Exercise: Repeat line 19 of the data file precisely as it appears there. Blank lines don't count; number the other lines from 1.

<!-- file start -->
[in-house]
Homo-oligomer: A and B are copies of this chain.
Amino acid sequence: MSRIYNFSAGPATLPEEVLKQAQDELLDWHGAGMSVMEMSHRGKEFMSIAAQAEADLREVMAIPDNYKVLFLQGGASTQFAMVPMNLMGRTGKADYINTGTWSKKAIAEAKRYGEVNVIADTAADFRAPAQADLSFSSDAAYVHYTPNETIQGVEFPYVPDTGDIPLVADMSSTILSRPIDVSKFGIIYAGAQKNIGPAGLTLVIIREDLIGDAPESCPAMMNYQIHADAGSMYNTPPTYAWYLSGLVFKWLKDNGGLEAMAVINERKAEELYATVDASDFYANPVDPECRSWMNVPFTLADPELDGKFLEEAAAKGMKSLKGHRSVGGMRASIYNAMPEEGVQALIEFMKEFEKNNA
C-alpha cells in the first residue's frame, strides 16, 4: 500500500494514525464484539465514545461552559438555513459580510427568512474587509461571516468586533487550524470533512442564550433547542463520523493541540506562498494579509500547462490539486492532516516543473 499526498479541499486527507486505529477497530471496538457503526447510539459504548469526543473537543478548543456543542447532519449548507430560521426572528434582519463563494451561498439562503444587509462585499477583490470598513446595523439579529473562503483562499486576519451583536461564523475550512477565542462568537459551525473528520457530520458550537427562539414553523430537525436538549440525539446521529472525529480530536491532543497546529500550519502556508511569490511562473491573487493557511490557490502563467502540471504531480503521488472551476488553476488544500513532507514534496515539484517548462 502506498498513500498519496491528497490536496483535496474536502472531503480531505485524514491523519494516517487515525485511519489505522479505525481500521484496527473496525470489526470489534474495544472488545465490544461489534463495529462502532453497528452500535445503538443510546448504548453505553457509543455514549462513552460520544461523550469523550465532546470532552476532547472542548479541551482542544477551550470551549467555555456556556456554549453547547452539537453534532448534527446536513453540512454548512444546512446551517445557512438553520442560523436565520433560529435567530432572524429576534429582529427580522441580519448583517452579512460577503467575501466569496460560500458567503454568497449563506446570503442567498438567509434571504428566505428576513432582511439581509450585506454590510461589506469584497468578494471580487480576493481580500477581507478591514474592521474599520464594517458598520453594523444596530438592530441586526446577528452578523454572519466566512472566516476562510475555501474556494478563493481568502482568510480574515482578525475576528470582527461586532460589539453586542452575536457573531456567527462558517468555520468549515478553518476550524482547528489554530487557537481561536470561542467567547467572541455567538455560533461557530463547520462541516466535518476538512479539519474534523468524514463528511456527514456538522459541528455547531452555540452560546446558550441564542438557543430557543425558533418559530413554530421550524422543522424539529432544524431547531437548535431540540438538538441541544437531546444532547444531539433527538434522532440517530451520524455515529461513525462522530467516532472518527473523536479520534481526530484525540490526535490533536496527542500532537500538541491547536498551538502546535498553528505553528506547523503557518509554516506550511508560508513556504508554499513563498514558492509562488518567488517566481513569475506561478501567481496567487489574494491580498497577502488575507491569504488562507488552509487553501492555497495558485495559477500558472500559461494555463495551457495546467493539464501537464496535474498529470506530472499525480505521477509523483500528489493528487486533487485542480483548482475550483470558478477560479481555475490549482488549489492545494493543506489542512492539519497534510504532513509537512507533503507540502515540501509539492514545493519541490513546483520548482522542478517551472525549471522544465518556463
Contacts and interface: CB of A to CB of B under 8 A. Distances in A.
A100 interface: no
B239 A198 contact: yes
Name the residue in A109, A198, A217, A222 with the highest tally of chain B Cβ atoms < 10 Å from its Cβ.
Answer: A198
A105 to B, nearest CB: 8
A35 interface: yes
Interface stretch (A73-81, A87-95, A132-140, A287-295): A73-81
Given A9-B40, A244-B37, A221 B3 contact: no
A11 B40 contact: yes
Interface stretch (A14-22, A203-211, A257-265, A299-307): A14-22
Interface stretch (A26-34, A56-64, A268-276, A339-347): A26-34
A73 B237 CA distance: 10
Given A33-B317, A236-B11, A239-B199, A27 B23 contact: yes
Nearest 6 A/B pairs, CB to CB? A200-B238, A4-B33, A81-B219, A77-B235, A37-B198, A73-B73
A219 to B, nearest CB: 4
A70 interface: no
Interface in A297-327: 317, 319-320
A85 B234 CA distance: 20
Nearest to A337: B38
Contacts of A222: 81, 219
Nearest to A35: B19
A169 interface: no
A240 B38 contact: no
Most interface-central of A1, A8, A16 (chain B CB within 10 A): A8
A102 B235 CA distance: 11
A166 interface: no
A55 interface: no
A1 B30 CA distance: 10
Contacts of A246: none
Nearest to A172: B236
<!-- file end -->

Nearest 6 A/B pairs, CB to CB? A200-B238, A4-B33, A81-B219, A77-B235, A37-B198, A73-B73